Pediatric Elbow Anatomy

Definition: Fracture of the distal humerus above the level of the epicondyles


  • Indirect: Fall onto outstretched and hyperextended upper extremity
  • Direct (less common)
    • Direct trauma to the elbow
      • Fall onto a flexed elbow or from object striking the elbow


  • Comprise of 55-75% of all elbow fractures (Egol 2010)
  • Male predominance
  • Peak incidence between 5-8 years of age after which dislocation is more frequent

S-Shaped Deformity (Brubacher 2008)

Physical Exam

  • Patients will present with a swollen, tender elbow with painful range of motion
  • S-shaped Deformity: Occurs when the fracture is completely displaced at the distal humerus
  • Pucker Sign
    • Puckering, dimpling, or ecchymosis of the skin anterior to the distal humerus
    • Indicates that the proximal fragment has penetrated the brachialis muscle (Brubacher 2008)
  • A thorough neurovascular exam must be performed
    • Neuropraxis is common (Egol 2010)
      • Anterior Interosseous Branch of the Median Nerve Neurapraxia
        • Most Common associated nerve injury
        • Unable to flex the interphalangeal joint of the thumb and the distal interphalangeal joint of the index finger (can’t make an A-OK sign)
      • Radial Nerve Neurapraxia: inability to extend wrist or digits
      • Ulnar Nerve Neurapraxia: inability to abduct or adduct fingers

Anterior Interosseous Syndrome (

  • Vascular Injury
    • Results from direct injury to the brachial artery or secondary to antecubital swelling
    • Can lead to Volkmann’s Contracture: permanent flexion contracture of the hand at the wrist secondary to obstruction of the brachial artery.

Fractures Types

  • Extension type injuries represent 98% of supracondylar humerus fractures
  • Gartland Classification of Supracondylar Fractures
    • Based on the degree and direction of displacement, and the presence of an intact cortex (Alton 2015)
    • Type1: Minimal displacement – fat pad elevation on radiographs
    • Type2: Posterior hinge – anterior humeral line anterior to capitellum
    • Type3: Displaced – no cortices intact
    • Type4: Periosteal disruption with instability in both flexion and extension

Presence of Posterior and Anterior Fat Pad Signs (Case courtesy of Dr Bruno Di Muzio, From the case rID: 45115)

Diagnostic Imaging

  • Always obtain AP and lateral radiographs
  • Occult Fractures
    • Clear fractures often absent on plain radiographs
    • Look for indirect evidence of fracture
      • Anterior Fat Pad Sign (“Sail Sign”)
        • The presence of a small anterior fat pad can be a normal finding
        • Elevation of the anterior fat pad (abnormal) is secondary to a joint effusion
      • Posterior Fat Pad Sign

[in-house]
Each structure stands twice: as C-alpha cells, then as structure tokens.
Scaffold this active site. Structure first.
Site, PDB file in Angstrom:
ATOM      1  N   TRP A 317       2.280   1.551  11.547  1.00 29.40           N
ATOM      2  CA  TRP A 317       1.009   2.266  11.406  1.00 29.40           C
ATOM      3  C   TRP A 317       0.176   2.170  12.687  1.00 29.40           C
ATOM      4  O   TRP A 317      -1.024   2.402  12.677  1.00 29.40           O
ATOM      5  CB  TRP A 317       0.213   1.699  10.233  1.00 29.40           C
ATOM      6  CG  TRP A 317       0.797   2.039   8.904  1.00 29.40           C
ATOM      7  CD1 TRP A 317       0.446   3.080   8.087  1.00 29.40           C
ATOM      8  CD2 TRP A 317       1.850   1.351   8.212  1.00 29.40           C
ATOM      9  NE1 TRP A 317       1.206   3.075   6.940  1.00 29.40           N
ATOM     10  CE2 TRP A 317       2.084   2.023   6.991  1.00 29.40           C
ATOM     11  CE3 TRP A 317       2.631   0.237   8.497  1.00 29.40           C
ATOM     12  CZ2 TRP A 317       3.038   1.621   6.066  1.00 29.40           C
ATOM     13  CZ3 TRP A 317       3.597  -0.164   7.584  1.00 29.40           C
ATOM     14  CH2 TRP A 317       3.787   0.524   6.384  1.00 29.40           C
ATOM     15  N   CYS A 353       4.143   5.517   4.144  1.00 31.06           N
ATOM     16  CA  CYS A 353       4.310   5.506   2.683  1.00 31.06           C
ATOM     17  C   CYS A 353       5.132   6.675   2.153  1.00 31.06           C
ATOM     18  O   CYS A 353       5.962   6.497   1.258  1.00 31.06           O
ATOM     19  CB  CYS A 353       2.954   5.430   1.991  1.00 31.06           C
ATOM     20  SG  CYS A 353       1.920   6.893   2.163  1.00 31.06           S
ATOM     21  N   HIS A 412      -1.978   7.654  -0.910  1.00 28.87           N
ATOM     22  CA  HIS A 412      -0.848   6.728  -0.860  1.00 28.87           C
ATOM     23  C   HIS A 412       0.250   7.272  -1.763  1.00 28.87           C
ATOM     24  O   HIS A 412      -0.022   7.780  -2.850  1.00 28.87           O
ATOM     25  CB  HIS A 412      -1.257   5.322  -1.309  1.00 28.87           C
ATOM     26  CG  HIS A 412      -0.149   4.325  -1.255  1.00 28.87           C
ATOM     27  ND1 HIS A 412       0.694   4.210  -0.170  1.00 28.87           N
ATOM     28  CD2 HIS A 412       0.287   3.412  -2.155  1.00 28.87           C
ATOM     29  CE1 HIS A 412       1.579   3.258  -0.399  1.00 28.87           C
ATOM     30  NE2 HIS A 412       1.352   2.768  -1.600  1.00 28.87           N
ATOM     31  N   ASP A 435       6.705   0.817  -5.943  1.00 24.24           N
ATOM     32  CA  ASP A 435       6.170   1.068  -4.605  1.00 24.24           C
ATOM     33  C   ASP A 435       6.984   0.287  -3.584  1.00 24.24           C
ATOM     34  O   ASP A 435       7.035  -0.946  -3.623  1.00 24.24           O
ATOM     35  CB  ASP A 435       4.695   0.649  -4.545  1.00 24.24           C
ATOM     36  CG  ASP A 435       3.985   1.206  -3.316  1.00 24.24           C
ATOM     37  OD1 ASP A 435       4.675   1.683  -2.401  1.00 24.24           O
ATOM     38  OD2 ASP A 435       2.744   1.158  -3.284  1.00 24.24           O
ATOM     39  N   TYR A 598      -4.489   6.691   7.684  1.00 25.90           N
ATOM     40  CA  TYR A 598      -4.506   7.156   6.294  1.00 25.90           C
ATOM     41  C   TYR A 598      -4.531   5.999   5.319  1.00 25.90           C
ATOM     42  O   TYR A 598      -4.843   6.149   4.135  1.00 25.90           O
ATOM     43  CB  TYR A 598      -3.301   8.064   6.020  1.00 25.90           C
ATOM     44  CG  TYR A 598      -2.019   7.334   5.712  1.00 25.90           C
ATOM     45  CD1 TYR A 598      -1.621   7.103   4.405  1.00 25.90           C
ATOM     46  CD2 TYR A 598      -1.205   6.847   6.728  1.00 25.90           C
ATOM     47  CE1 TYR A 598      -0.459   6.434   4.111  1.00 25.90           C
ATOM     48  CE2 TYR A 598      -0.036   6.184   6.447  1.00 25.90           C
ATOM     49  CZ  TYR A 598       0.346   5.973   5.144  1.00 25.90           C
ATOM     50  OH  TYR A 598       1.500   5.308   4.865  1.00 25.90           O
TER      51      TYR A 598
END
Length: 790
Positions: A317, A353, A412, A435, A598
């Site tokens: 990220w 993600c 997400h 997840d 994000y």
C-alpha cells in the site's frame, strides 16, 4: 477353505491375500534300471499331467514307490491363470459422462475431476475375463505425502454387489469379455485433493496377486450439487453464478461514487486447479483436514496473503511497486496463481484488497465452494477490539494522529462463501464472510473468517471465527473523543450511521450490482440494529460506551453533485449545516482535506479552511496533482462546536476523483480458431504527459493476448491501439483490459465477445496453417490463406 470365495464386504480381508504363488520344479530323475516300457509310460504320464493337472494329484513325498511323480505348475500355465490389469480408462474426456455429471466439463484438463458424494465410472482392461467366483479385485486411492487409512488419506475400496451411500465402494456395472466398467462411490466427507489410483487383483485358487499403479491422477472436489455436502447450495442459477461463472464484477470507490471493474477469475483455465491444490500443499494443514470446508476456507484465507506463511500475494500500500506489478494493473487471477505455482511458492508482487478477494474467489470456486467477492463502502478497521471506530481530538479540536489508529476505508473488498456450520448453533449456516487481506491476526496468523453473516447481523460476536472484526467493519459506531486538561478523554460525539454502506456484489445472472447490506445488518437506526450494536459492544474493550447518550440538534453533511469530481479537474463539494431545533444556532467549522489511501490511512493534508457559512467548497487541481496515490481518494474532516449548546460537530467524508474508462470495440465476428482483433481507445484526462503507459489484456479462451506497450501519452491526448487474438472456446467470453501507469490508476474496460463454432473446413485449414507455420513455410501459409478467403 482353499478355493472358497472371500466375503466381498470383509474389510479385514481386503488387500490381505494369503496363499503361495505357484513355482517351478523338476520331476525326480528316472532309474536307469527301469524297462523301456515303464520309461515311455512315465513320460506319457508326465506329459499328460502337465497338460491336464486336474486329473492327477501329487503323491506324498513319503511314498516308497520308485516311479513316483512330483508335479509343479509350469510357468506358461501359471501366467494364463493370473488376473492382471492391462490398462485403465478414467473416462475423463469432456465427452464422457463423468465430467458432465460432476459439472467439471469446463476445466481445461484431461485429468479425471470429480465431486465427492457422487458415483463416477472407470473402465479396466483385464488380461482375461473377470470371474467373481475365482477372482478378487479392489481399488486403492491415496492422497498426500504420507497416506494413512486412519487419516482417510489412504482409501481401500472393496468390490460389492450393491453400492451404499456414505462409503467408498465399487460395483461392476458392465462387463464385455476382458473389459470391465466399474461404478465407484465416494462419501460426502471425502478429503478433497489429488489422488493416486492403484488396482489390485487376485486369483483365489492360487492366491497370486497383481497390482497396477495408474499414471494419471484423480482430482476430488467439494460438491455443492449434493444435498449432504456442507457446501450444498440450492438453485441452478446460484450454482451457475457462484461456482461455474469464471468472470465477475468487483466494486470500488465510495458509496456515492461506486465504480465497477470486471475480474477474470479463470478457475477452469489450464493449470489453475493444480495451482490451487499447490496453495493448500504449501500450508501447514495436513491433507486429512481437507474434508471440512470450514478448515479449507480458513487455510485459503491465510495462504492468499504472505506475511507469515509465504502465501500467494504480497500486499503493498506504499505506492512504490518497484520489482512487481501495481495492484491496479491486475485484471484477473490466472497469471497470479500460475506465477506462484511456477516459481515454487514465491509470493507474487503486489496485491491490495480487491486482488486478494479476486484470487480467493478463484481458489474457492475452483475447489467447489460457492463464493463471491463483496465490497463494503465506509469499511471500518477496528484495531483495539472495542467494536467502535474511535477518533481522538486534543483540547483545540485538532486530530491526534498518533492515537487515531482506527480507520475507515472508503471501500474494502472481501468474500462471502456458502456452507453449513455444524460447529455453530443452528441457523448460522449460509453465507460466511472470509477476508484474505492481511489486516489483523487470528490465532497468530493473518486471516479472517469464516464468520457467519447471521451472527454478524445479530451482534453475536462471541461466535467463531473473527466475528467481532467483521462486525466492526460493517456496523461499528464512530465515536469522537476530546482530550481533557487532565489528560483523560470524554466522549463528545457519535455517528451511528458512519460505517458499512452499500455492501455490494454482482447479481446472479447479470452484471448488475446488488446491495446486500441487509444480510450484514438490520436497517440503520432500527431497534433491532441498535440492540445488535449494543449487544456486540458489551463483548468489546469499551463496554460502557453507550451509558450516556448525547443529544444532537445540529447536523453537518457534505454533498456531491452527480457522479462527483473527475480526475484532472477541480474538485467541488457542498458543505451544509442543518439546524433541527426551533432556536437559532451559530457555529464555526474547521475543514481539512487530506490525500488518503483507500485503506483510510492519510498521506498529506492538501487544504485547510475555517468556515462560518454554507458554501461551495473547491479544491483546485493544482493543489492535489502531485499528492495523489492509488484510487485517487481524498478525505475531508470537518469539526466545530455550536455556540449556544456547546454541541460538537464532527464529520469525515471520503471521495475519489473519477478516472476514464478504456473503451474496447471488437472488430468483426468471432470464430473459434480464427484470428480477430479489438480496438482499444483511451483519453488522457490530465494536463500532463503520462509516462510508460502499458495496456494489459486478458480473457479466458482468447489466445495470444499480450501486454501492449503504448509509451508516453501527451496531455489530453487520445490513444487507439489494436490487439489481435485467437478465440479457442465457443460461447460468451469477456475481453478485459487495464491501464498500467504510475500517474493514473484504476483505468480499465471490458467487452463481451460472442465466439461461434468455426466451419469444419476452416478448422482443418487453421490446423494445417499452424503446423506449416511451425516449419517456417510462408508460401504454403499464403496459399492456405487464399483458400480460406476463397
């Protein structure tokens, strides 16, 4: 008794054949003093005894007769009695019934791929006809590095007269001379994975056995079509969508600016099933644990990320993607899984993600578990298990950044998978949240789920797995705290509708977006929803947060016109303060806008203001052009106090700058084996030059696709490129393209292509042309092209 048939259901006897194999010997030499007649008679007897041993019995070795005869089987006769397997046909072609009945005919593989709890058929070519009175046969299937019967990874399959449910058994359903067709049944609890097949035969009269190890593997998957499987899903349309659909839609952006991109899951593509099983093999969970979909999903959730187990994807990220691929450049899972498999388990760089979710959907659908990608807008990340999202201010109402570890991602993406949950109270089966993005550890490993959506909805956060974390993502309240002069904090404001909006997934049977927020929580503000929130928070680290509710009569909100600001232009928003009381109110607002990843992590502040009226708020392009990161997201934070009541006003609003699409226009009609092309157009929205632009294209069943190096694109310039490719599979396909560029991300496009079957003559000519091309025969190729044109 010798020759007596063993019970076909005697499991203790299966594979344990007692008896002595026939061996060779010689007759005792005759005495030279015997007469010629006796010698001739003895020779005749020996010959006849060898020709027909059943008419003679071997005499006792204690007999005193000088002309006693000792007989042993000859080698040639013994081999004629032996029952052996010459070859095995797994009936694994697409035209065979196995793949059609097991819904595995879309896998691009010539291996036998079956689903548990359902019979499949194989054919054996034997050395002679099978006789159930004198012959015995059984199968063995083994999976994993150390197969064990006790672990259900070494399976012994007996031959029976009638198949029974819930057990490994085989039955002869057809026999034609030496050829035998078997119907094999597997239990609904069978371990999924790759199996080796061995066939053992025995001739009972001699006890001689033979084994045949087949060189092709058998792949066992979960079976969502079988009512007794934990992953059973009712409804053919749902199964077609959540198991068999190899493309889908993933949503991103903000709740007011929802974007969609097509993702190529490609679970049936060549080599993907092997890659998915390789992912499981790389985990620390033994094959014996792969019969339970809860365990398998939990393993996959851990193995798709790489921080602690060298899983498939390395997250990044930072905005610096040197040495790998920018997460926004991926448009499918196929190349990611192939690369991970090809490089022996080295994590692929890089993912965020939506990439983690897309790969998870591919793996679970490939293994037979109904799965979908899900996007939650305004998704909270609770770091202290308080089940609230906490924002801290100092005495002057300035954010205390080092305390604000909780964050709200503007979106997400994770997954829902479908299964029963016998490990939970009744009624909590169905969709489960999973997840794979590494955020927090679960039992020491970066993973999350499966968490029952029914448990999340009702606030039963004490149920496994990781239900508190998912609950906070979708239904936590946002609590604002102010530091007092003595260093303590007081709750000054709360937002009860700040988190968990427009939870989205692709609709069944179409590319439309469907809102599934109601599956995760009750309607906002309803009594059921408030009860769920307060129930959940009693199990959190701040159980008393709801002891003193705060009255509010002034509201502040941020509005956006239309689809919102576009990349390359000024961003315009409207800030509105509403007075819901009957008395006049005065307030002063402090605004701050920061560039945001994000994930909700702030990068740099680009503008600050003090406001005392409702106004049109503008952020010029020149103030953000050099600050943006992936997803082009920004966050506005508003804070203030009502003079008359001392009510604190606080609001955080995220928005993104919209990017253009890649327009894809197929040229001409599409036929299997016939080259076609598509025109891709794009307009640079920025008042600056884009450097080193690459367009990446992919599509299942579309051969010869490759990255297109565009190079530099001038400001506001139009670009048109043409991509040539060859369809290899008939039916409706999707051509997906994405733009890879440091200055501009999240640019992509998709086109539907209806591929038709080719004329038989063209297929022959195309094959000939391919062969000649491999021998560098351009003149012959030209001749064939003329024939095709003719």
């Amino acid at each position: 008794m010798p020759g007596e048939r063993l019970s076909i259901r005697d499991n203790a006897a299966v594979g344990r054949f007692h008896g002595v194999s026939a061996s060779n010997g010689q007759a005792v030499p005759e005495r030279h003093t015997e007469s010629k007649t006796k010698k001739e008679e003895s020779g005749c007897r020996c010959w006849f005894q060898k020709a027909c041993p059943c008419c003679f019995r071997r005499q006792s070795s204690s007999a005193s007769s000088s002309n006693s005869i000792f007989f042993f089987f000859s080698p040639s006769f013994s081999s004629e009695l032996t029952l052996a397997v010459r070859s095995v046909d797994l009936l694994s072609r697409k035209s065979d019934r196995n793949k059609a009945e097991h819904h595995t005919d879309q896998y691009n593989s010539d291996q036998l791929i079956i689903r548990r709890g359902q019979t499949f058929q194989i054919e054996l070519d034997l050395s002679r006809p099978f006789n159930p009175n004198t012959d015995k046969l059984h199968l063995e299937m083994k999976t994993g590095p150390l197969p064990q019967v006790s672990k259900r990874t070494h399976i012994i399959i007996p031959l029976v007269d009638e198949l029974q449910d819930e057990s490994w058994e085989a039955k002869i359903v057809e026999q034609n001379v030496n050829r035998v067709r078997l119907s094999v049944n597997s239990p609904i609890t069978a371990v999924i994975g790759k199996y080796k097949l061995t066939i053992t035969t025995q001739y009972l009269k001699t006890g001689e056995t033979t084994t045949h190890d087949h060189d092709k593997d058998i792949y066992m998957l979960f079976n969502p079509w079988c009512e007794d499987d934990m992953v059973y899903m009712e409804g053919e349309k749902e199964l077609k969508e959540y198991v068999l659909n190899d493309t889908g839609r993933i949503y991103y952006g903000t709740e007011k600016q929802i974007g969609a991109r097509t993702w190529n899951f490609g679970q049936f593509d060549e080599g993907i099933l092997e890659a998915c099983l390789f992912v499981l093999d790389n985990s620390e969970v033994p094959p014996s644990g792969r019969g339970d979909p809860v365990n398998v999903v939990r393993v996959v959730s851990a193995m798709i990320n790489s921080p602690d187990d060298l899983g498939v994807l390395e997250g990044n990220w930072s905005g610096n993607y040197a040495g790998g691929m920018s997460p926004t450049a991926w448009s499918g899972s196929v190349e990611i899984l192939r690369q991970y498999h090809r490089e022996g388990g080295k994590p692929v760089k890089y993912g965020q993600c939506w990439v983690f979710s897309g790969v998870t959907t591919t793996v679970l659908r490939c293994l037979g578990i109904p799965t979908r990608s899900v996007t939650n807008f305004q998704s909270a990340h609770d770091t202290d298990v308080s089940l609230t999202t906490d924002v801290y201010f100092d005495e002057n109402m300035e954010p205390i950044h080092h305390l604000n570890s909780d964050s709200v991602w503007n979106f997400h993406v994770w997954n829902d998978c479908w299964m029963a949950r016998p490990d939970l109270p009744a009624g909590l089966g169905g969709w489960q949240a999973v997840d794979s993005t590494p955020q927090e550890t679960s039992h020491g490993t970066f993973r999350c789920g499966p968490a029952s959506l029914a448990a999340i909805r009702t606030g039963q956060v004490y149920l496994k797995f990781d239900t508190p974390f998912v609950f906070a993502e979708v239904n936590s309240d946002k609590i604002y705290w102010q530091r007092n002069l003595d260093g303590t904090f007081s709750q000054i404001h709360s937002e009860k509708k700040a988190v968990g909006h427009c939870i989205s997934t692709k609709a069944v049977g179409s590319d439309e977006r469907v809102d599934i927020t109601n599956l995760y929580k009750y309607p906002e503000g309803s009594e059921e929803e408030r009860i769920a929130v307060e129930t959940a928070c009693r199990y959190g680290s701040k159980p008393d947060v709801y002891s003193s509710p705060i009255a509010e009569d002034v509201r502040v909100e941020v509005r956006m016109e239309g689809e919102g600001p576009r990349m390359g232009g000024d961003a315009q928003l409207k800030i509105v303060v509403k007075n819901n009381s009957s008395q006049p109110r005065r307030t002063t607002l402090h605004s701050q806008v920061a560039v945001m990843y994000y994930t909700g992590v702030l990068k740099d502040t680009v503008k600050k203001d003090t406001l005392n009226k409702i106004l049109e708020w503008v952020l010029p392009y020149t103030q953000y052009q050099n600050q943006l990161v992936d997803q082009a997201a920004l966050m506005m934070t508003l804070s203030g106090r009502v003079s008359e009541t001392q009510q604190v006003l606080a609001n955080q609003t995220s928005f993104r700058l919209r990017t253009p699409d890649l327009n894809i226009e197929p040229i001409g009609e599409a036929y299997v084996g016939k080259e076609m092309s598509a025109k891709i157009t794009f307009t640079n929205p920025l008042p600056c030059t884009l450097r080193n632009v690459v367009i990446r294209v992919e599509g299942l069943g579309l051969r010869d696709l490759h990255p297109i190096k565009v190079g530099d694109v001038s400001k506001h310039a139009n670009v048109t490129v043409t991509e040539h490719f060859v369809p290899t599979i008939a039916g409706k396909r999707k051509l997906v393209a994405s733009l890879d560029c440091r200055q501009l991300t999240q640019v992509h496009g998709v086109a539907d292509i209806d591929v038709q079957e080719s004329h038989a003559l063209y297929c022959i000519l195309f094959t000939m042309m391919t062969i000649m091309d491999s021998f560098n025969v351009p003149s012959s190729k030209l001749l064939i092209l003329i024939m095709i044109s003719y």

• Presence of a lucent crescent located in the olecranon fossa
        • Presence of posterior fat pad is always pathologic.
      • Anterior Humeral Line
        • In an elbow with normal anatomic alignment, a line drawn down the anterior surface of the humerus should cross the middle third of the capitellum
        • If this line is disrupted, it suggests an occult supracondylar fracture

Normal Anterior Humeral Line (Case courtesy of Dr Benoudina Samir, From the case rID: 41167)

ED Management

  • Assess for secondary injuries as with any other trauma patient
  • Gartland Type1 Fractures
    • Long arm posterior splint
      • Elbow in 90 degrees of flexion
      • Forearm in neutral position
    • Orthopedic follow-up in one week for likely operative management
  • Gartland Type2/3 Fractures
    • Immediate orthopedic consultation in order to determine appropriate intervention (closed versus open reduction with percutaneous pin placement)
    • Gartland 2/3 fractures have higher likelihoods of occult neurovascular injury and thus residual deformity
    • Closed reduction and percutaneous pinning is the preferred treatment for displaced fractures (Brubacher 2008)
  • Other indications for immediate consultation
    • Open fractures
    • Presence of neuromuscular compromise
    • Evidence of compartment syndrome


  • Long-term outcomes of supracondylar humeral fractures are good; however, there is potential for long-term pain, ulnar nerve sensitivity, and decrease in grip in Type2/3 fractures (Sinikumpu 2016)
  • Most complications from supracondylar humeral fractures are neurapraxias which require no treatment (Egol 2010)

Take Home Points

  • Supracondylar humeral fractures may often present without evidence of fracture lines on diagnostic imaging. Always assess for indirect signs of fractures.
  • Do not forget to conduct a thorough neurovascular exam as supracondylar fractures can be associated with neurapraxias, vascular injuries, and compartment syndrome.
  • Type1 fractures can be splinted and discharged with close orthopedic follow-up; Type2/3 fractures generally require immediate orthopedic consultation.

Read More

Orthobullets: Supracondylar Fracture – Pediatric


Egol KA et al. Handbook of Fractures. Lippincott Williams & Wilkins; 2010. Link

Brubacher JW, Dodds SD. Pediatric supracondylar fractures of the distal humerus. Curr Rev Musculoskelet Med. 2008;1(3-4):190-6. PMID: 19468905

Alton TB, Werner SE, Gee AO. Classifications in brief: the Gartland classification of supracondylar humerus fractures. Clin Orthop Relat Res. 2015;473(2):738-41. PMID: 25361847

Sinikumpu JJ et al. The long-term outcome of childhood supracondylar humeral fractures: A population-based follow up study with a minimum follow up of ten years and normal matched comparisons. Bone Joint J. 2016; 98-B(10):1410-1417. PMID: 27694598